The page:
It was ranked the most liveable city in Australia by the Property Council of Australia in 2011, 2012 and 2013. Before its proclamation as a British settlement in 1836, the area around Adelaide was inhabited by the indigenous Kaurna Aboriginal nation. Kaurna culture and language were completely destroyed within a few decades of European settlement of South Australia, but extensive documentation by early missionaries and other researchers has enabled a modern revival of both. South Australia was proclaimed a British colony on 28 December 1836, near The Old Gum Tree in what is now the suburb of Glenelg North; the event is commemorated in South Australia as Proclamation Day. The site of the colony's capital was surveyed and laid out by Colonel William Light, the first Surveyor-General of South Australia, through the design made by the architect George Strickland Kingston. Adelaide was established as a planned colony of free immigrants, promising civil liberties and freedom from religious persecution, based upon the ideas of Edward Gibbon Wakefield.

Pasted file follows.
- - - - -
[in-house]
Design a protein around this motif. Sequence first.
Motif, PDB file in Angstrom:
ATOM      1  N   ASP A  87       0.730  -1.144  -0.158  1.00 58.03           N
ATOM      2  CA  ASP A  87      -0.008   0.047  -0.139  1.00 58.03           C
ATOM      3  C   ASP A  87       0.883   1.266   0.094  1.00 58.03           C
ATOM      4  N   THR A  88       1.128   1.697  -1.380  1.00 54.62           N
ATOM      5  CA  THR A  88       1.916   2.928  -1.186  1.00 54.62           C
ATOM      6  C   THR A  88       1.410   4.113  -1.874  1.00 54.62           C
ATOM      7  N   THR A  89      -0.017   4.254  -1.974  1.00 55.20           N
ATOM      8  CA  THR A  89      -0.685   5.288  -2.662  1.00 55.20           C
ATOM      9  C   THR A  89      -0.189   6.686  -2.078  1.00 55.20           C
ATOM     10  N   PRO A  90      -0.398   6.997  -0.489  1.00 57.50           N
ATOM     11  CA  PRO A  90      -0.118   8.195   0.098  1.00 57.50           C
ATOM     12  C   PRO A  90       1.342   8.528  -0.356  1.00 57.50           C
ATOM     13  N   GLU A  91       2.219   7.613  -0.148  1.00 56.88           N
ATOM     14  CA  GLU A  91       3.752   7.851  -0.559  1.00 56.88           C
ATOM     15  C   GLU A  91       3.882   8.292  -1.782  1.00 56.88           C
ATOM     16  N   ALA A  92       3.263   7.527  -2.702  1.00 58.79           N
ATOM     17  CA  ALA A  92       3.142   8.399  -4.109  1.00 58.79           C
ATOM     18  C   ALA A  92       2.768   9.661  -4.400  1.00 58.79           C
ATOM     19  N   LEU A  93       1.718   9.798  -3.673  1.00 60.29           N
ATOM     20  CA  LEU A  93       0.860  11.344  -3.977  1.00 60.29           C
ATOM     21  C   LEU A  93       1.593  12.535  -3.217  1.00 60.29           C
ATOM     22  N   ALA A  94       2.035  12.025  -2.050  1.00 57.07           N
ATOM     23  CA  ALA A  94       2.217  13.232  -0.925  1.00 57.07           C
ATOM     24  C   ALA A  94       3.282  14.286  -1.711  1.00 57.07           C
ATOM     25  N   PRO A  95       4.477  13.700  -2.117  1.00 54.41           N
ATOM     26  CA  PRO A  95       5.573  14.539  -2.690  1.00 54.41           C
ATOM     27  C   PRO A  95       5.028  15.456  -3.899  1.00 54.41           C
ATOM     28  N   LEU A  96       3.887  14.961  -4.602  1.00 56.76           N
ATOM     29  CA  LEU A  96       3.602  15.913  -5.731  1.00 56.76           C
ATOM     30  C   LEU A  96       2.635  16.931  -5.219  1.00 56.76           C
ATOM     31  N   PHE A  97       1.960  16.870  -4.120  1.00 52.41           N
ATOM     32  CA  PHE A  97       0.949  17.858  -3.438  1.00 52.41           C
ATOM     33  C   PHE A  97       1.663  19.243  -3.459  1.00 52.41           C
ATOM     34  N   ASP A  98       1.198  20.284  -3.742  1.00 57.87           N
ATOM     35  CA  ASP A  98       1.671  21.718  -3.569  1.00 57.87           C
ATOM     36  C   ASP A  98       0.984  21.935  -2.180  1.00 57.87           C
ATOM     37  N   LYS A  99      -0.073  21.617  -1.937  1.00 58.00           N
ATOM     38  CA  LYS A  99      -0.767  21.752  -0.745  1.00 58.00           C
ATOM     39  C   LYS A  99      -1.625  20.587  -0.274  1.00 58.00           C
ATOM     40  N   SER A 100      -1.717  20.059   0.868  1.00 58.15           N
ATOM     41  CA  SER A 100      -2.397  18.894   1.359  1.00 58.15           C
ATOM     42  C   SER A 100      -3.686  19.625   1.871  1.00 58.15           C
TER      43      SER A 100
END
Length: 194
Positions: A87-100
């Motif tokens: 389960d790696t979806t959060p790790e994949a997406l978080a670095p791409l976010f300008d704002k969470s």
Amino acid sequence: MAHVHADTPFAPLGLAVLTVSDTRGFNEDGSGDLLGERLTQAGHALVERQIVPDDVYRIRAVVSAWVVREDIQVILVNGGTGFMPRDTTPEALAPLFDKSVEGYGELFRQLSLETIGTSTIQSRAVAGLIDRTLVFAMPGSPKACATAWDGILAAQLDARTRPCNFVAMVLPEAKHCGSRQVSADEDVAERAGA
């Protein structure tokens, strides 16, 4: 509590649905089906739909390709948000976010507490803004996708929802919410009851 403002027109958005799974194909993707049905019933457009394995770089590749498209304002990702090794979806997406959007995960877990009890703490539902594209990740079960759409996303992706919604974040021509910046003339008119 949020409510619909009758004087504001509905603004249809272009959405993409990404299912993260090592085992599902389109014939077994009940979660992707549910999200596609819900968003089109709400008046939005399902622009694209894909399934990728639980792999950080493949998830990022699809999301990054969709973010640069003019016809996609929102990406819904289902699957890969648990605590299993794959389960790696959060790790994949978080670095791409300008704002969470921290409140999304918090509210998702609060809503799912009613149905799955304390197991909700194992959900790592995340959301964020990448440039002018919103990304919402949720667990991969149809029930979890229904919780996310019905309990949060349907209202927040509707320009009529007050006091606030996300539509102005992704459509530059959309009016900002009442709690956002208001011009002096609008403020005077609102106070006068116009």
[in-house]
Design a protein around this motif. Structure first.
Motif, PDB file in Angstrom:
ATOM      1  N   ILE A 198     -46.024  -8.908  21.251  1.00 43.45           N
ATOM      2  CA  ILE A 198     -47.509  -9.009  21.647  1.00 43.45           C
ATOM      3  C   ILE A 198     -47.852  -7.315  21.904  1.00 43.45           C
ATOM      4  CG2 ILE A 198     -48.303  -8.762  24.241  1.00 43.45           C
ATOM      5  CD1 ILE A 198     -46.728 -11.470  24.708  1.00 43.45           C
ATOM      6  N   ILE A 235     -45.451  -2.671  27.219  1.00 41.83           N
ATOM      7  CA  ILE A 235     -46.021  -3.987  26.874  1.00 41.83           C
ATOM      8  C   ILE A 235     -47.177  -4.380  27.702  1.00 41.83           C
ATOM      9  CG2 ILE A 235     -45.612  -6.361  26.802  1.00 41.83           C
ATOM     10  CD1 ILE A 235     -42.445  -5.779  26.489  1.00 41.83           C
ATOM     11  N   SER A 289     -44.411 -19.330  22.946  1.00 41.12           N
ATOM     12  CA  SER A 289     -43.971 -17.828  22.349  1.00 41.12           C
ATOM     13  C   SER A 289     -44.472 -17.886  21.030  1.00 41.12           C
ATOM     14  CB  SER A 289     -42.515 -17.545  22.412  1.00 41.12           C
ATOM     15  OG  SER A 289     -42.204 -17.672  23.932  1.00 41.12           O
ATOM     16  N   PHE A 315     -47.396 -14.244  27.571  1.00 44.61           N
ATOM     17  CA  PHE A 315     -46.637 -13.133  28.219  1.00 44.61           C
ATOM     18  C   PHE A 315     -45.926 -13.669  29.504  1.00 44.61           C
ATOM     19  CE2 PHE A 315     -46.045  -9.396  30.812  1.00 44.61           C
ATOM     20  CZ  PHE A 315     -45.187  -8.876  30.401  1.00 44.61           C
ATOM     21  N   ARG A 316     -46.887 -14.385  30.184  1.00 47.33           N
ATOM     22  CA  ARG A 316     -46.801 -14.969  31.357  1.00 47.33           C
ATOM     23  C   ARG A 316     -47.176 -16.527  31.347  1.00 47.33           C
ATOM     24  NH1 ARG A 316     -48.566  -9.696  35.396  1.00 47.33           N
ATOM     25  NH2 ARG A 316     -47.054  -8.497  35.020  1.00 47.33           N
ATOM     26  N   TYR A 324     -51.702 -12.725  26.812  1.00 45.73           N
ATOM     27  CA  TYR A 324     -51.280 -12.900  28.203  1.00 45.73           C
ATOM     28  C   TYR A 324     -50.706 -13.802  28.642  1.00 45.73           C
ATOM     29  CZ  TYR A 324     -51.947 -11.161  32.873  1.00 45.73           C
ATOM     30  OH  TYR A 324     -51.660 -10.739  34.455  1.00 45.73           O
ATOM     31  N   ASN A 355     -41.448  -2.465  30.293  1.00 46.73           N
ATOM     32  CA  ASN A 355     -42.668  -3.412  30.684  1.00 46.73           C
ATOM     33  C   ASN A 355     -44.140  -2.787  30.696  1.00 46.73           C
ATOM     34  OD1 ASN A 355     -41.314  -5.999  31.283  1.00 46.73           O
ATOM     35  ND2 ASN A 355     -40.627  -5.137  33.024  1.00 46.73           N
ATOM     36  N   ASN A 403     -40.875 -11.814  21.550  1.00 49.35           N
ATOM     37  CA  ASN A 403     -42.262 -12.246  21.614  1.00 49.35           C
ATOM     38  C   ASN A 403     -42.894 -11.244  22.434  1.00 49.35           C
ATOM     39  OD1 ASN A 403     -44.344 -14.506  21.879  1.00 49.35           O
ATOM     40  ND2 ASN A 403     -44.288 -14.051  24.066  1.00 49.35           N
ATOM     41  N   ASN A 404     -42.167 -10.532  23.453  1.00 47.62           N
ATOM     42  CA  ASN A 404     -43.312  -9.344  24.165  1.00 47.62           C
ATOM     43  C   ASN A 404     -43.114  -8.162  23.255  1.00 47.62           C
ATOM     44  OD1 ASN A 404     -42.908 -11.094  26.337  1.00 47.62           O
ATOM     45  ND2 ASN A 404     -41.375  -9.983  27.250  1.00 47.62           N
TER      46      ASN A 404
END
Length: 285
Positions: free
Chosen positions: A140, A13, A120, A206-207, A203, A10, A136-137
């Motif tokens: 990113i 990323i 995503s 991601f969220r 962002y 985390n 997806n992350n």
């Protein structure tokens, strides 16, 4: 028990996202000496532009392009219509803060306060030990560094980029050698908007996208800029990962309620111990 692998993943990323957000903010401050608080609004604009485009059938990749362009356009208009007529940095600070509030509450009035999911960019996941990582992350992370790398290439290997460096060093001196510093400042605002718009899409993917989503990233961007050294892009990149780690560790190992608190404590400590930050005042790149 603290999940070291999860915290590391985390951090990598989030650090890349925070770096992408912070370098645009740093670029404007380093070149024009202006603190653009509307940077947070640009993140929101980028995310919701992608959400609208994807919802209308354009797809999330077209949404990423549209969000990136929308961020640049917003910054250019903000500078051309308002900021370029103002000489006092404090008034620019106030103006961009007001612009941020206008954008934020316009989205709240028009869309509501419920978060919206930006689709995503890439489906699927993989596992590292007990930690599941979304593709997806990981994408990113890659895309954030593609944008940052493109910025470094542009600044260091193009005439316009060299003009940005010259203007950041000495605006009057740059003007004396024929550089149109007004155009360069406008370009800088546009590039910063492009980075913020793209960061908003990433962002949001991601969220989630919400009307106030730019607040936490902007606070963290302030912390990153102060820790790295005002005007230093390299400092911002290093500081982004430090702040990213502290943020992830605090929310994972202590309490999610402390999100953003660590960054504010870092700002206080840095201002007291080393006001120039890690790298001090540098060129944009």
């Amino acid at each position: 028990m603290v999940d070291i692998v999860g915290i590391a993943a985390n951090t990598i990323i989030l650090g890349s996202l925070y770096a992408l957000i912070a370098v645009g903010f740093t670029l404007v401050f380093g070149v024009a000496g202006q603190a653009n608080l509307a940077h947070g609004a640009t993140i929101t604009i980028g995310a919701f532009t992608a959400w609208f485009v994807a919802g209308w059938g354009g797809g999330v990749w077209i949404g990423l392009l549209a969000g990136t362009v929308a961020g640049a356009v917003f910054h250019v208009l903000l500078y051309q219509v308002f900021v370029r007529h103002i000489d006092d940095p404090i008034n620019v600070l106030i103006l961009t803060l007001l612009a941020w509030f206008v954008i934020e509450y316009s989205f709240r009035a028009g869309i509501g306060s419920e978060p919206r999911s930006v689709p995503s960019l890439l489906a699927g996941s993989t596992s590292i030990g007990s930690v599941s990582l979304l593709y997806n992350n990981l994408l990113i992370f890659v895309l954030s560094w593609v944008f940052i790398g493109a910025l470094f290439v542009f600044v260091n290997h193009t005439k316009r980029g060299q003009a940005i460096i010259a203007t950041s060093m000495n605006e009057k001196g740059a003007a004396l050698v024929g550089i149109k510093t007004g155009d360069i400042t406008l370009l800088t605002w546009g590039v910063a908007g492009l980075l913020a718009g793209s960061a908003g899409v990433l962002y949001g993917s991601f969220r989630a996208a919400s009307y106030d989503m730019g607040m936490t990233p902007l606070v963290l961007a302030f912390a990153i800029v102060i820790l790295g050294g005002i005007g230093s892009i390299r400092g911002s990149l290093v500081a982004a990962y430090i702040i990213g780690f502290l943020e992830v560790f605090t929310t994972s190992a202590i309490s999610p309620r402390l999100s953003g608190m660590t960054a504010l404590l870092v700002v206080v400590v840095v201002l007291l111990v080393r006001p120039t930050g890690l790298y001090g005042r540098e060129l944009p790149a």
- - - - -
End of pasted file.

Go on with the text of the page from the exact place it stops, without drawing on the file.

Wakefield had read accounts of Australian settlement while in prison in London for attempting to abduct an heiress, realised that the eastern colonies suffered from a lack of available labour, due to the practice of giving land grants to all arrivals. Wakefield's idea was for the Government to survey and sell the land at a rate that would maintain land values high enough to be unaffordable for labourers and journeymen. Funds raised from the sale of land were to be used to bring out working-class emigrants, who would have to work hard for the monied settlers to afford their own land; as a result of this policy, Adelaide does not share the convict settlement history of other Australian cities like Sydney, Melbourne and Hobart. As it was believed that in a colony of free settlers there would be little crime, no provision was made for a gaol in Colonel Light's 1837 plan, but by mid-1837 the South Australian Register was warning of escaped convicts from New South Wales and tenders for a temporary gaol were sought.